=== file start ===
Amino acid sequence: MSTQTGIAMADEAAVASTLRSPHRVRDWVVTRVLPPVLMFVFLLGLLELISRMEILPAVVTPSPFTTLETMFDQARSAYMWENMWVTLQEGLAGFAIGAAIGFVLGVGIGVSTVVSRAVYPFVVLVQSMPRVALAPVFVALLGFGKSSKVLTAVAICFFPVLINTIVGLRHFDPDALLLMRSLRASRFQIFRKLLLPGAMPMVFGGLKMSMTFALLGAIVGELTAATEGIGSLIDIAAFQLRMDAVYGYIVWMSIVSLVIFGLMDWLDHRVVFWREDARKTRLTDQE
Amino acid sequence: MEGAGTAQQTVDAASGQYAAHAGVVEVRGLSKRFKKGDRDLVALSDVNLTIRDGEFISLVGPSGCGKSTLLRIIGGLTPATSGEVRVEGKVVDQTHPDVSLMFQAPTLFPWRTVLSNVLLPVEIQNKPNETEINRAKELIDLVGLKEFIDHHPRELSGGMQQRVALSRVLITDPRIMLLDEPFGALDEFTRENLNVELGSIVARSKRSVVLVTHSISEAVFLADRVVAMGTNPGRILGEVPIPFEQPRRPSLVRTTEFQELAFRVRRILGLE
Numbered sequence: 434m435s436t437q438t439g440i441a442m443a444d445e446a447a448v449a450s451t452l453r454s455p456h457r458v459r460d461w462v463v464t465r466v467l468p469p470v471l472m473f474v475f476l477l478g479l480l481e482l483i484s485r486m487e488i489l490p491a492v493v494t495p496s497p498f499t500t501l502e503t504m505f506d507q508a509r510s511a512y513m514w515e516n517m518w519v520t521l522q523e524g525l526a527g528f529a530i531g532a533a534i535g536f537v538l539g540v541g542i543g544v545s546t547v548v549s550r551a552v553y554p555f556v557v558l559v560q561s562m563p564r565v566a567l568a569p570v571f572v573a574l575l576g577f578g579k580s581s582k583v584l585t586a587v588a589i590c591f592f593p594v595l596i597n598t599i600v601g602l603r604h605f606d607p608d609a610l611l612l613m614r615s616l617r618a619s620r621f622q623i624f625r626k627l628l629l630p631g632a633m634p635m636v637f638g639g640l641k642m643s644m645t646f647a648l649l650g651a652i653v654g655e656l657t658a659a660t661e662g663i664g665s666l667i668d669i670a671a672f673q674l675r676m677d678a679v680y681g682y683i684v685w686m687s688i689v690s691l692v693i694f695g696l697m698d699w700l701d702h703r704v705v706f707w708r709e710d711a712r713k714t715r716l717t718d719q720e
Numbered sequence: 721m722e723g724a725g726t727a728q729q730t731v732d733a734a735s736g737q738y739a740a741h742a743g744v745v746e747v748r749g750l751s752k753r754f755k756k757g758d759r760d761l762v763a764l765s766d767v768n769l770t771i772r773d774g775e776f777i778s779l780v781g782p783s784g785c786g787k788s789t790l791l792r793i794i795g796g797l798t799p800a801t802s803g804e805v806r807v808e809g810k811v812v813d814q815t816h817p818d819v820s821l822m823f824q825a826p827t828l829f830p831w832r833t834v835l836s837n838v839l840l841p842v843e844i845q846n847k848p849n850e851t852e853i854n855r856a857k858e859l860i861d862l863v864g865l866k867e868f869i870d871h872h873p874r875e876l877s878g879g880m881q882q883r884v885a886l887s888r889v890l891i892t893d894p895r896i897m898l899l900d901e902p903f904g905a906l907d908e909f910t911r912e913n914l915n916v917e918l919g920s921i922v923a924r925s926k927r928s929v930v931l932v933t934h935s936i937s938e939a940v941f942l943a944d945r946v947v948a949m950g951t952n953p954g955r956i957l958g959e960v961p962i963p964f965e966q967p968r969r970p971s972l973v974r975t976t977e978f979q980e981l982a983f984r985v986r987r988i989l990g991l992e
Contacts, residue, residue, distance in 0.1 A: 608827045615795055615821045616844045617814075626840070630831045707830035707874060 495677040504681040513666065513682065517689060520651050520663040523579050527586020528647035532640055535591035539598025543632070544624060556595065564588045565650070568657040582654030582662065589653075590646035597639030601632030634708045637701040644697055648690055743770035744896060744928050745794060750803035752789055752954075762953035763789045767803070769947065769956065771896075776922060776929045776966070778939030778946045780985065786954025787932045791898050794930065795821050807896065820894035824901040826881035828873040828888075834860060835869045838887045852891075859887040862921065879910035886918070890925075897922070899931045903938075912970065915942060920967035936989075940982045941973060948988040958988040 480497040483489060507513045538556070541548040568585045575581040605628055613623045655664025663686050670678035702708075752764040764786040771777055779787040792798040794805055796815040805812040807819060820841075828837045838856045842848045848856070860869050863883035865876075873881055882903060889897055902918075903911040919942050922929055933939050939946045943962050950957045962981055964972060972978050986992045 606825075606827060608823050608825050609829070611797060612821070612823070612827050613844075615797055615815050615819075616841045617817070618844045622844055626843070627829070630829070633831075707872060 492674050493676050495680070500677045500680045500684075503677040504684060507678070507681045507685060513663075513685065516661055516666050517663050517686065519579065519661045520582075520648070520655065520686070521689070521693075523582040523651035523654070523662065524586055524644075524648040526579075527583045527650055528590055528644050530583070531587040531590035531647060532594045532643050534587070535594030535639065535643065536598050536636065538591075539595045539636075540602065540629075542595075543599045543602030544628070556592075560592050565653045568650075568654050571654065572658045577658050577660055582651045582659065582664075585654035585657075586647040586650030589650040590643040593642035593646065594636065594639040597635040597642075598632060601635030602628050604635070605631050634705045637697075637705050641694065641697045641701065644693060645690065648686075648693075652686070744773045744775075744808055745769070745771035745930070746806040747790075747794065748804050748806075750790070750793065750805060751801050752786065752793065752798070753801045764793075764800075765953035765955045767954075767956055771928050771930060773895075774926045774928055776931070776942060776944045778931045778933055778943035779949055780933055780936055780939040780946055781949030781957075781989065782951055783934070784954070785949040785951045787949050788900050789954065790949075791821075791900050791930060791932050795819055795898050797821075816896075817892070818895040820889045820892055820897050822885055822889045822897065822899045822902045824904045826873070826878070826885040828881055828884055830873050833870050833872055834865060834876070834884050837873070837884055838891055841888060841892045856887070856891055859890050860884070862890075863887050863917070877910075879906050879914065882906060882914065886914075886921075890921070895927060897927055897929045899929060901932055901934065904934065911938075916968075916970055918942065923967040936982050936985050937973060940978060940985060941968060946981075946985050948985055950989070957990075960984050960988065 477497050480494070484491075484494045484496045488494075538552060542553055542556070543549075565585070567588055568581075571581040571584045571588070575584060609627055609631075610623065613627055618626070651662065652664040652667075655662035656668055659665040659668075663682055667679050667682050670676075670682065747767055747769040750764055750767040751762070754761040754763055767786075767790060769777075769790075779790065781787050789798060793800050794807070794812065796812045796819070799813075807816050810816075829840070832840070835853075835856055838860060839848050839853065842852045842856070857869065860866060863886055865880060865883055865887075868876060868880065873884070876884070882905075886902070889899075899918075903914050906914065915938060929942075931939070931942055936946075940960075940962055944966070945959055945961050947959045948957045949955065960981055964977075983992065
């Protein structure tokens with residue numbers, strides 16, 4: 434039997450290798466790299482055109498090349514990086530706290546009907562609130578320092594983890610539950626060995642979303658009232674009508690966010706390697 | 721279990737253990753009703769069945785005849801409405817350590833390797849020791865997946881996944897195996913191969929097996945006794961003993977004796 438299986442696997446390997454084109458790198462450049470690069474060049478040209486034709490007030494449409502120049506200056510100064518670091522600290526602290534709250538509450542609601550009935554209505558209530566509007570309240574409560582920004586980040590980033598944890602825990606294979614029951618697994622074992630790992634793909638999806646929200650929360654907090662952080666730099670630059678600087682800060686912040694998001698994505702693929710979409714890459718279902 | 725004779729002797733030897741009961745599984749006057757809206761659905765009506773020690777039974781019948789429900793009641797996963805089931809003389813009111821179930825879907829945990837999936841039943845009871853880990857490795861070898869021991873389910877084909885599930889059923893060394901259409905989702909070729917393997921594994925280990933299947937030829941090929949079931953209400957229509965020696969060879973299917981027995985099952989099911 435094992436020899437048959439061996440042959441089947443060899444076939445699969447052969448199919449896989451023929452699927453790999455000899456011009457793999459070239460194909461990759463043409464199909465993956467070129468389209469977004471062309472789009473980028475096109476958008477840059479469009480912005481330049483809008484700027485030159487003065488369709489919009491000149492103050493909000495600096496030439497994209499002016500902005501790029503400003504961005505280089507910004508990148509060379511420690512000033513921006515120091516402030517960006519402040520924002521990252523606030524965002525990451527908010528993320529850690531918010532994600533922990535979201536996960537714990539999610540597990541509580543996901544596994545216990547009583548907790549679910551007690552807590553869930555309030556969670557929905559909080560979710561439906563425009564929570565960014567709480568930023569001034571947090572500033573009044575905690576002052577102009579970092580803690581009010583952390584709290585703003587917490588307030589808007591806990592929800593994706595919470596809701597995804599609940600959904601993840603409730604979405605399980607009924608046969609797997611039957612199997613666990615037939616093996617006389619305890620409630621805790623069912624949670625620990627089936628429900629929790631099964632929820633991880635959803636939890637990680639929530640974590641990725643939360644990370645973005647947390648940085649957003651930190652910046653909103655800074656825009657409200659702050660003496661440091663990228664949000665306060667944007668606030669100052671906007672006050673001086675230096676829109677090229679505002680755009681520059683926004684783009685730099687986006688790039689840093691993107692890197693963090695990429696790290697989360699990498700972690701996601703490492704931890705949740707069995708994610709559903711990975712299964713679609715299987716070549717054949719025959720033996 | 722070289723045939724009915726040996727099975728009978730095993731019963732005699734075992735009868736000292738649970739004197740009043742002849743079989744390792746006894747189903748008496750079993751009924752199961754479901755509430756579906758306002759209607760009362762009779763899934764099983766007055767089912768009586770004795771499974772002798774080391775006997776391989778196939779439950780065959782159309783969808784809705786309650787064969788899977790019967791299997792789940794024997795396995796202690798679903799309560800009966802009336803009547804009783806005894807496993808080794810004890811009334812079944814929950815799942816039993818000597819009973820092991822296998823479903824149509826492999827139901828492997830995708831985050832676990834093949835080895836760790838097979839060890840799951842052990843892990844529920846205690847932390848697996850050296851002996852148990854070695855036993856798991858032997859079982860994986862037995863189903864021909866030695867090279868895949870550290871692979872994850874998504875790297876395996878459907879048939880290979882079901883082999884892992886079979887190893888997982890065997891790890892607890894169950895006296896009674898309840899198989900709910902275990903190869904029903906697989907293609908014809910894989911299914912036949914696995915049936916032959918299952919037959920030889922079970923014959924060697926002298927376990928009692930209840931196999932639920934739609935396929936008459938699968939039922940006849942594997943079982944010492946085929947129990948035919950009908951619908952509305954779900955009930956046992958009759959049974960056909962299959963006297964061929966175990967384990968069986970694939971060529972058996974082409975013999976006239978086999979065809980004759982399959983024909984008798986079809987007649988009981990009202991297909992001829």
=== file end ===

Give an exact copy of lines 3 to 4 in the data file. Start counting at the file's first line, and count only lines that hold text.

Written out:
Numbered sequence: 434m435s436t437q438t439g440i441a442m443a444d445e446a447a448v449a450s451t452l453r454s455p456h457r458v459r460d461w462v463v464t465r466v467l468p469p470v471l472m473f474v475f476l477l478g479l480l481e482l483i484s485r486m487e488i489l490p491a492v493v494t495p496s497p498f499t500t501l502e503t504m505f506d507q508a509r510s511a512y513m514w515e516n517m518w519v520t521l522q523e524g525l526a527g528f529a530i531g532a533a534i535g536f537v538l539g540v541g542i543g544v545s546t547v548v549s550r551a552v553y554p555f556v557v558l559v560q561s562m563p564r565v566a567l568a569p570v571f572v573a574l575l576g577f578g579k580s581s582k583v584l585t586a587v588a589i590c591f592f593p594v595l596i597n598t599i600v601g602l603r604h605f606d607p608d609a610l611l612l613m614r615s616l617r618a619s620r621f622q623i624f625r626k627l628l629l630p631g632a633m634p635m636v637f638g639g640l641k642m643s644m645t646f647a648l649l650g651a652i653v654g655e656l657t658a659a660t661e662g663i664g665s666l667i668d669i670a671a672f673q674l675r676m677d678a679v680y681g682y683i684v685w686m687s688i689v690s691l692v693i694f695g696l697m698d699w700l701d702h703r704v705v706f707w708r709e710d711a712r713k714t715r716l717t718d719q720e
Numbered sequence: 721m722e723g724a725g726t727a728q729q730t731v732d733a734a735s736g737q738y739a740a741h742a743g744v745v746e747v748r749g750l751s752k753r754f755k756k757g758d759r760d761l762v763a764l765s766d767v768n769l770t771i772r773d774g775e776f777i778s779l780v781g782p783s784g785c786g787k788s789t790l791l792r793i794i795g796g797l798t799p800a801t802s803g804e805v806r807v808e809g810k811v812v813d814q815t816h817p818d819v820s821l822m823f824q825a826p827t828l829f830p831w832r833t834v835l836s837n838v839l840l841p842v843e844i845q846n847k848p849n850e851t852e853i854n855r856a857k858e859l860i861d862l863v864g865l866k867e868f869i870d871h872h873p874r875e876l877s878g879g880m881q882q883r884v885a886l887s888r889v890l891i892t893d894p895r896i897m898l899l900d901e902p903f904g905a906l907d908e909f910t911r912e913n914l915n916v917e918l919g920s921i922v923a924r925s926k927r928s929v930v931l932v933t934h935s936i937s938e939a940v941f942l943a944d945r946v947v948a949m950g951t952n953p954g955r956i957l958g959e960v961p962i963p964f965e966q967p968r969r970p971s972l973v974r975t976t977e978f979q980e981l982a983f984r985v986r987r988i989l990g991l992e